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Volume 24 No. 116

Sports Media

     With the IOC decision on Canadian TV rights to the Nagano
'98 Games due on Thursday, the fee is expected to be higher than
the C$16M CTV paid for the Lillehammer Games -- "but by how much
is speculation."  Based on the price rise for CBS, Canadian
rights should be at C$20M.  But CTV VP of Sports Doug Beeforth
"says that is far too high."  Beeforth:  "The Canadian market
can't sustain that and that's the only ballpark we play in."  CBC
officials withheld comment until the IOC's decision, but CTV VP
of Development Gary Mavaara argued, "We're not suggesting the CBC
should be out of the Olympics or sports, but they shouldn't use
the taxpayer cushion to escalate the bid."  CTV paid C$4.5M for
the rights to Calgary '88, while the CBC paid $11.7M for
Albertville (James Christie, Toronto GLOBE & MAIL, 5/30).  In
Calgary, TV columnist Bob Blakey writes that it is time for the
CBC to get out of sports broadcasting.  Blakey: "Isn't it the job
of a 'public broadcaster' to give us programs that can't or won't
be produced by private networks and stations?" (CALGARY HERALD,

     In Denver, Dusty Saunders reports that KKFN-AM (The Fan) has
the "inside track" to broadcast rights to the soon-to-be-renamed
Nordiques when they move to Denver next year.  Jefferson Pilot-
owned KKFN, which carries the Nuggets, also owned by COMSAT, has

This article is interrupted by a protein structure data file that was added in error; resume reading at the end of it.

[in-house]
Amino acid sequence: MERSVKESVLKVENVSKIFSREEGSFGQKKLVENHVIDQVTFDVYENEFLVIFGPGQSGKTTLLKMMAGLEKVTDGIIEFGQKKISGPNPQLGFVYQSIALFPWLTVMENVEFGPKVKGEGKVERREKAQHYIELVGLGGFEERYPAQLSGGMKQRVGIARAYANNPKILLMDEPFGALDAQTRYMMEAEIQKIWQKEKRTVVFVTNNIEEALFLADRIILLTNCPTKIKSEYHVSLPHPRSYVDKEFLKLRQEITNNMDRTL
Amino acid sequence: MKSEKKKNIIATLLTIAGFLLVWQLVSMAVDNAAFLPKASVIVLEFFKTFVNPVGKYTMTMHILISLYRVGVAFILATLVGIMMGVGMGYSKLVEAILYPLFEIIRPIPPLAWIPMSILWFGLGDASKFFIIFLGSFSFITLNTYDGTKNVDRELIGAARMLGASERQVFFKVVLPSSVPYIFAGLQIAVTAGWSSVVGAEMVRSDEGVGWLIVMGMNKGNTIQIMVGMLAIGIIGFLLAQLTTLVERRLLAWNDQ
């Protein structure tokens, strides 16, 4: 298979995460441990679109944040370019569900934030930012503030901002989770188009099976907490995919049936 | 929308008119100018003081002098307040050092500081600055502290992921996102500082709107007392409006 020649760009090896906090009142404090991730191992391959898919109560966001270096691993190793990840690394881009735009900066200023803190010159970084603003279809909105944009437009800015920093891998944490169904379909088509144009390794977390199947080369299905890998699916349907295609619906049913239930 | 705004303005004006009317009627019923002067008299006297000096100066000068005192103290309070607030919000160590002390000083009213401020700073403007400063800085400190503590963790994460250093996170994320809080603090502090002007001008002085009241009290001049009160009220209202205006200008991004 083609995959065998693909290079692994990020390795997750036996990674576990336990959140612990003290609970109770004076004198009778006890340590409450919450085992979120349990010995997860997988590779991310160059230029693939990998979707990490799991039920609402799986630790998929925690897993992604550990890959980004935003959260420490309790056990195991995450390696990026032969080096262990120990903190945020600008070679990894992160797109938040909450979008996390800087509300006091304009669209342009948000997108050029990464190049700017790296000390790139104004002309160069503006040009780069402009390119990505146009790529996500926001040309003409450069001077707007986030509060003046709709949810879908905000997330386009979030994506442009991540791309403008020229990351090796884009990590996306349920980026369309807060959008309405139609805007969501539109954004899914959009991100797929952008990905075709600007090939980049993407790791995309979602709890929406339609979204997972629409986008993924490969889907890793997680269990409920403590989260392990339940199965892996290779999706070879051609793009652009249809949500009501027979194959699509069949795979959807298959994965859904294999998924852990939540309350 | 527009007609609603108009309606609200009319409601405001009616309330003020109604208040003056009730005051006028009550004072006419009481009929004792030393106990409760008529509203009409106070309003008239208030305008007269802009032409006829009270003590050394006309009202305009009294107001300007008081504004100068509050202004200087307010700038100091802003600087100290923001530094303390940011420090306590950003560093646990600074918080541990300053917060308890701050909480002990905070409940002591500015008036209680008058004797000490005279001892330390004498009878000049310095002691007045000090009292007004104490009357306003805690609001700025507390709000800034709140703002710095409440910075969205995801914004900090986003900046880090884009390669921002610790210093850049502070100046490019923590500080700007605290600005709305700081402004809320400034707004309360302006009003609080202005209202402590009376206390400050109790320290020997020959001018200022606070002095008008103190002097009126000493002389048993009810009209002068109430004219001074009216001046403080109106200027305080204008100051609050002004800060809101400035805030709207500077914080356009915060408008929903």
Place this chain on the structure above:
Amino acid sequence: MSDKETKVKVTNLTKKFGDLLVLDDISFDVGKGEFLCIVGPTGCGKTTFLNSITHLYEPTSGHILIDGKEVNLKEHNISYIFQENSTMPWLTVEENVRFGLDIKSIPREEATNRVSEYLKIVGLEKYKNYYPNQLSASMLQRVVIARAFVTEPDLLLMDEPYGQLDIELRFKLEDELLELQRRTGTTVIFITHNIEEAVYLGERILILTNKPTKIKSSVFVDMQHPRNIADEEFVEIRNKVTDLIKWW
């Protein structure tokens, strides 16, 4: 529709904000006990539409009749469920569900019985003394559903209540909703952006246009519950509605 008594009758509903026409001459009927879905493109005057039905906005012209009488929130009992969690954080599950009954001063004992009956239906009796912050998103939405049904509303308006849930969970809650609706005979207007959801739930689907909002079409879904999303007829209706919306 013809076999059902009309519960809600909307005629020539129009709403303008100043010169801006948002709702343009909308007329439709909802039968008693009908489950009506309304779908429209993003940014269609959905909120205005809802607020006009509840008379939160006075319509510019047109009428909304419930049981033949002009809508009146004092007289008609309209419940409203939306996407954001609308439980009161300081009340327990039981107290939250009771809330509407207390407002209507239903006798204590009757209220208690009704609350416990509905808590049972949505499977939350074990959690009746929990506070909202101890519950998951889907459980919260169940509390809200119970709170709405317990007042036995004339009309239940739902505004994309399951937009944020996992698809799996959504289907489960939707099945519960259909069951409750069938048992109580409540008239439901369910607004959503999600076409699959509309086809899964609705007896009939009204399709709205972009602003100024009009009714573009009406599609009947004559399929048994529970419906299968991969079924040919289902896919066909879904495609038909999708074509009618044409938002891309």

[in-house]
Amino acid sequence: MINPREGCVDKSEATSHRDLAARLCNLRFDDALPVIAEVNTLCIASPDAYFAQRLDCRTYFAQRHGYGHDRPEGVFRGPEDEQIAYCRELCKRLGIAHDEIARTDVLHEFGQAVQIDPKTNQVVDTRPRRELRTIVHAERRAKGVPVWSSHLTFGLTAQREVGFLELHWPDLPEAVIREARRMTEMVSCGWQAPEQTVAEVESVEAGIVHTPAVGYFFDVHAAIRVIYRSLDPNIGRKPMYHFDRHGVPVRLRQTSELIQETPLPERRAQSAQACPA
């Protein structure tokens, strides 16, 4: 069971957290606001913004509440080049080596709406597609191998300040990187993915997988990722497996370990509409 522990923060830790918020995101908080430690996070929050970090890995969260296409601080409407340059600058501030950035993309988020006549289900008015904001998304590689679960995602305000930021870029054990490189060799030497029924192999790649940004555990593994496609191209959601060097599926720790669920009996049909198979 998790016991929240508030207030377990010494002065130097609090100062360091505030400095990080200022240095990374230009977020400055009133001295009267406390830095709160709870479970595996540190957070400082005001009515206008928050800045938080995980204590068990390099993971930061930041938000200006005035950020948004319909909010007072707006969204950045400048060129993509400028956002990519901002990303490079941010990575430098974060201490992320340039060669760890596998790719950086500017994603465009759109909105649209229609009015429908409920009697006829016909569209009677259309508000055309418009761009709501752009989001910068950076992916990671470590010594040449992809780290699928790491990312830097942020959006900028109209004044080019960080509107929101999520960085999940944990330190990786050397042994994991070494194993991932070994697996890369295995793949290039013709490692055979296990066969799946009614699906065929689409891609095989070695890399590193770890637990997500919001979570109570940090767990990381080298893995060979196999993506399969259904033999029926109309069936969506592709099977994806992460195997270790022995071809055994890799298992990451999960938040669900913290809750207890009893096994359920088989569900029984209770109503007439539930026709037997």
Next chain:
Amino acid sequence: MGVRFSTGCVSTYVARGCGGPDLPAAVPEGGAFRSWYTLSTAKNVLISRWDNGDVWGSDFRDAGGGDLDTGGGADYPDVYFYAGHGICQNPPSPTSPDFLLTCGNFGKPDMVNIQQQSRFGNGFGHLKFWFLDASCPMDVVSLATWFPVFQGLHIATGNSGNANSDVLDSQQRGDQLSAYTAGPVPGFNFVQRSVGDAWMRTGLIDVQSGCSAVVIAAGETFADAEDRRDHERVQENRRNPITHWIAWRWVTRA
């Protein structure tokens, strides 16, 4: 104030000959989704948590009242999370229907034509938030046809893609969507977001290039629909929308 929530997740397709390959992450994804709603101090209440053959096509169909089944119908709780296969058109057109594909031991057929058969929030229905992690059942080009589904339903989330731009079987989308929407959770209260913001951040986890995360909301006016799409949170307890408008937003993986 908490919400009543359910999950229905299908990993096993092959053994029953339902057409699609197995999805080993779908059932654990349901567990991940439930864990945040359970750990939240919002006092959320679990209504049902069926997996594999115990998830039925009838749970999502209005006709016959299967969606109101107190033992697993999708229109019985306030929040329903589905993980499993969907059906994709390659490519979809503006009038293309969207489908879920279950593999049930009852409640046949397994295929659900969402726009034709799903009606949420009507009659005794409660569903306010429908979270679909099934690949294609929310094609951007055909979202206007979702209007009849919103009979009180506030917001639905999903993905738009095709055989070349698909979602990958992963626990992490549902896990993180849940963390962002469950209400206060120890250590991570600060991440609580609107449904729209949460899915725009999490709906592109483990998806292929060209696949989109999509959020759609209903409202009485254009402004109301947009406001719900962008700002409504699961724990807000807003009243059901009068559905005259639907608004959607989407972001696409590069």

the rights to first refusal on the hockey team.  On the TV side,
Prime Sports "already is displaying interest" (ROCKY MOUNTAIN
NEWS, 5/29).
     HOCKEY'S ON-AIR PARTNERS:  The NHL moved up the start of the
Western Conference Final two days to Thursday, with the Eastern
Final starting on Saturday.  NHL VP of Public Relations Arthur
Pincus said the decision was made because CBC preferred to carry
the Eastern Final on Saturday night because of the ratings draw
of the Flyers' Eric Lindros.  Pincus, on Fox, ESPN and CBC:  "We
have three national carriers with equal weight.  We try to make
the schedule so the maximum number of people can see the maximum
number of games" (Davis Shoalts, Toronto GLOBE & MAIL, 5/30).

     A NY State Supreme Court ruling that Prodigy "is a publisher
and may be sued for libel could have a far-reaching impact on how
much other online services try to regulate all kinds of content"
(Michelle Slatalla, N.Y. NEWSDAY, 5/27)....SportsChannel New
England VP & GM Marc Edwards denied rumors that the RSN will
close its Woburn, MA, office and move its operations out of the
region.  Edwards:  "If anything, we're looking to expand our
local programming" (BOSTON GLOBE, 5/26)....Rupert Murdoch's News
Corp. is considering buying its own TV satellite to launch
digital TV service over Europe (FINANCIAL TIMES, 5/28).... NBC is
studying the possibility of beaming broadcasts into Japan via
satellite (WALL STREET JOURNAL, 5/28).

     Less than ten months after recombining TCI with his Liberty
Media programming company, TCI Chair John Malone is looking to
split the two entities again, according to Allan Sloan in the
current NEWSWEEK.  Liberty's holdings include Prime and Prime's
regional sports channels, as well as TCI's 24% share in Turner
Broadcasting.  The split would not be in the form of two
companies, but "two separate targeted stocks" -- one called TCI
and one Liberty.  The idea, according to Sloan:  "The cable and
programming stocks will fetch a higher total price than TCI,
which trades at its 1989 price level. ... Having become a major
TCI shareholder with his Liberty machinations, [Malone is] trying
to goose TCI's share price by carving up the company's stock
without carving up the company.  If that works, TCI will be
better able to fight the phone companies" (NEWSWEEK, 6/5 issue).